by Dr. Chris Williams (Vanderbilt MSTP Director)
This is one of my favorite times of the year. The seasons are changing, warmer weather has arrived, and outdoor activities ensue. Within the MSTP, the M1s have hit their stride, and the M2s have adapted to the dynamic nature of clinical medicine and the constantly changing teams on which they serve. The G2 half-time celebration is just around the corner as well as an increased tempo of thesis defenses as the later G-phase students prepare to return to the clinical phase, and of course, our M4s have recently matched, soon to end this phase of their training. I am incredibly proud of all that they have accomplished during their tenure in the MSTP, and they have earned their positions in excellent residencies through dedication and hard work. Their passion for science, discovery, and patient care, academic and research accomplishments, and leadership and service activities, contributed to their development as MSTP trainees, matching into terrific residencies, and laid the foundation for continued future success as physician-scientists.
It is important to recognize that our students meaningfully contribute to the Vanderbilt and Nashville communities by engaging in numerous service activities. I want to highlight one recent activity. The Vanderbilt Brain Institute recently hosted Brain Blast, an outreach STEM program that took place at the Nashville Public Library. The MSTP hosted a booth at Brain Blast and several of our students volunteered. My ten-year-old daughter has eagerly anticipated attending ever since she first became aware of it several months ago. She was asked to write a reflections piece on some aspect of her Spring break and she eagerly described Brain Blast. “I had the best spring break ever!… On March 16th my dad and I went to a science event called Brain Blast…I learned that there was a clock in our brains…Who would have thought that we had a clock in our brains? Not me!… My brain had a blast at Brain Blast!” Apparently, she was not the only one who enjoyed this activity, the event was packed. I am certain that at least a couple of budding scientists careers were launched that day!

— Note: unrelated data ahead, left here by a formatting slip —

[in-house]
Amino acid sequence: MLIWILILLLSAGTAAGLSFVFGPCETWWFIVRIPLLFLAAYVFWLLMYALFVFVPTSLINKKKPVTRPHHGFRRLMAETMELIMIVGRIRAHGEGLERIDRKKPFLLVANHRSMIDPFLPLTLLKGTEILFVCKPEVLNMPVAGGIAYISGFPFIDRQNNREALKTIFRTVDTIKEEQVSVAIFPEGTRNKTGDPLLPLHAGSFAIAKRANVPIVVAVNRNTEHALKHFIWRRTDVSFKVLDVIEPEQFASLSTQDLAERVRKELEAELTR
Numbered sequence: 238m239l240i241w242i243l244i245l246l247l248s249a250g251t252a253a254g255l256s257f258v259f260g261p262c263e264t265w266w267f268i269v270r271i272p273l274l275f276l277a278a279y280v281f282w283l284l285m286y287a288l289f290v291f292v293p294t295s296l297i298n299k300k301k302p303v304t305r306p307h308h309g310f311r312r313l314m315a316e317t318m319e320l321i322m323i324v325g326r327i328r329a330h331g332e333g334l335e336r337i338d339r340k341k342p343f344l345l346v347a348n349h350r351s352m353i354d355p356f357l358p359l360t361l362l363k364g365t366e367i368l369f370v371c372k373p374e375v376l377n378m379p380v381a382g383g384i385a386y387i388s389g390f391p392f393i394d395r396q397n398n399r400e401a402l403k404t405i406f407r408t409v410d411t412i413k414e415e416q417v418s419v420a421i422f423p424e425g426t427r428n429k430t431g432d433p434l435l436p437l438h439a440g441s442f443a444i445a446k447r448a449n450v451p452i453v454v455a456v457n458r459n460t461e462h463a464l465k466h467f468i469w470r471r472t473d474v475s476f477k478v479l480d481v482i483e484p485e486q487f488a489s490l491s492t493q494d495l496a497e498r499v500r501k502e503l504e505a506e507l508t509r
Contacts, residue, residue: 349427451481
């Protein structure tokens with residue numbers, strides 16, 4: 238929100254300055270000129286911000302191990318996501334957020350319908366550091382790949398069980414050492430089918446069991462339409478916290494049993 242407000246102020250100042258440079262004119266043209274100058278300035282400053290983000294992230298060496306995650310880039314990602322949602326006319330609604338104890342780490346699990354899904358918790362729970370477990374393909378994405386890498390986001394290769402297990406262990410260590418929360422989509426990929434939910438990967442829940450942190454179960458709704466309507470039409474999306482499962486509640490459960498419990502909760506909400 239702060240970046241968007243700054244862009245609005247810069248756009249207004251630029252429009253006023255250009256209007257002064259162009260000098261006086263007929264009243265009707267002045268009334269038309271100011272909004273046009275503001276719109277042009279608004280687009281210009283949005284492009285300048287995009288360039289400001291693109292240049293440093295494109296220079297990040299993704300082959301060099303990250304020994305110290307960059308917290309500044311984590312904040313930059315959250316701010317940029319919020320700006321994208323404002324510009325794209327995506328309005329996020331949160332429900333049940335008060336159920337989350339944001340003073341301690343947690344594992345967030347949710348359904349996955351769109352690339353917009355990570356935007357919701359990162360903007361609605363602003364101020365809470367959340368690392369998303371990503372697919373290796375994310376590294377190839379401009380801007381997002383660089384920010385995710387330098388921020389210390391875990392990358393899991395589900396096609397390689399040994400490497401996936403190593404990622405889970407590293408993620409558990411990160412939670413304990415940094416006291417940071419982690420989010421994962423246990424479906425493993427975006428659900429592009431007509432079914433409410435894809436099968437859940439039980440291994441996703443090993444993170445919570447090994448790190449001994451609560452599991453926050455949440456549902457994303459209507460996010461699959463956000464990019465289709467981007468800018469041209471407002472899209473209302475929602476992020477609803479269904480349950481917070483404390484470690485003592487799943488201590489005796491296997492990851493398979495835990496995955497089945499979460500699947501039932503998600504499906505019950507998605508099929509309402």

Our students are engaged in numerous service activities. But why serve? There is the obvious benefit to the recipient of volunteerism and the opportunity to grow and develop new skills. In addition, participation in voluntary service is “significantly predictive of better mental and physical health, life satisfaction, self-esteem, happiness, lower depressive symptoms, psychological distress, and mortality and functional inability.” (Jerf W. K. Yeung, et al “Volunteering and health benefits in general adults: cumulative effects and forms”, BMC Public Health 2018). Without doubt you have many competing interests for your time, including numerous professional development activities, personal relationships to nurture, and striving to live a healthy balanced life. Here is the viewpoint of graduating student J-N Gallant on what service during his time in the MSTP has meant to him. “I did not volunteer any of my time in college. I played football, hung out with my friends, and studied. I took no part in student government, organizations, or volunteer activities. I was a teaching, athletic, and laboratory assistant—for much needed money. When I joined Vanderbilt, I was introduced to myriad opportunities, of which Shade Tree Clinic (STC) stood out. Here was an intriguing opportunity to learn outside of the classroom. As an added bonus, anything I did benefited the community. I was hooked. It wasn’t clear whether it was the learning or the giving, but I enjoyed the feeling of volunteering at STC. I sought out similar opportunities in the MSTP: I hosted interview weekends; served on countless committees; helped peers with grants; interviewed applicants—the list goes on. While each of these disparate activities enriched my life in unique ways, an underlying theme was service—to my community; the MSTP; my peers. I experienced tremendous personal growth taking part in all of these activities and am thankful for the MSTP providing all of these opportunities. I hope to continue giving back in the coming years as I complete my otolaryngology residency at Vanderbilt.” Rest assured J-N, you are on the short list for an invitation to be an associate college advisor to the MSTP!
I appreciate the many hours of selfless service our students give to the MSTP, the medical school, and to the community. Together, helping to build a better program, school and society. I assure you that this is time well spent!